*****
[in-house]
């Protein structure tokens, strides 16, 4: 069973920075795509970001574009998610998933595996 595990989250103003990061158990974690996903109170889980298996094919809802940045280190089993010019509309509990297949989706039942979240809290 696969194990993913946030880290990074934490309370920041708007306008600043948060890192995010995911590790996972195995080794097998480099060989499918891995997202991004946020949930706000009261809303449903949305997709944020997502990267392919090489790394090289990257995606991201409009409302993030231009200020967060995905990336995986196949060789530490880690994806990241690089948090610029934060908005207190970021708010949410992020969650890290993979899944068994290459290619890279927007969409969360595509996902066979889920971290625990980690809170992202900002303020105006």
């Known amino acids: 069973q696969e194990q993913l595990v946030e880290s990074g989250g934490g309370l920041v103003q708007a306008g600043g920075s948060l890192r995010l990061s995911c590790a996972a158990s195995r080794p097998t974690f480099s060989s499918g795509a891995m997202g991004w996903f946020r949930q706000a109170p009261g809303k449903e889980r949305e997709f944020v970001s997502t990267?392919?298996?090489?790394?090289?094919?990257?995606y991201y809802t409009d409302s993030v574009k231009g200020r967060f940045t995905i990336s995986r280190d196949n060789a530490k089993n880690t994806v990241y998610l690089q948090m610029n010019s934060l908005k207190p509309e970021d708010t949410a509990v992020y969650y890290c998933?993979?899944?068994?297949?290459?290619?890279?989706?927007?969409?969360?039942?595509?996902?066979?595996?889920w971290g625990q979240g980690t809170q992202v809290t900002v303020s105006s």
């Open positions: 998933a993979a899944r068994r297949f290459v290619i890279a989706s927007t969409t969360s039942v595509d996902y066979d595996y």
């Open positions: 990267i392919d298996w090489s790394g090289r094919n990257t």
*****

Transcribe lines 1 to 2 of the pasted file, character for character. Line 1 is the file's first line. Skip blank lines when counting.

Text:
[in-house]
């Protein structure tokens, strides 16, 4: 069973920075795509970001574009998610998933595996 595990989250103003990061158990974690996903109170889980298996094919809802940045280190089993010019509309509990297949989706039942979240809290 696969194990993913946030880290990074934490309370920041708007306008600043948060890192995010995911590790996972195995080794097998480099060989499918891995997202991004946020949930706000009261809303449903949305997709944020997502990267392919090489790394090289990257995606991201409009409302993030231009200020967060995905990336995986196949060789530490880690994806990241690089948090610029934060908005207190970021708010949410992020969650890290993979899944068994290459290619890279927007969409969360595509996902066979889920971290625990980690809170992202900002303020105006």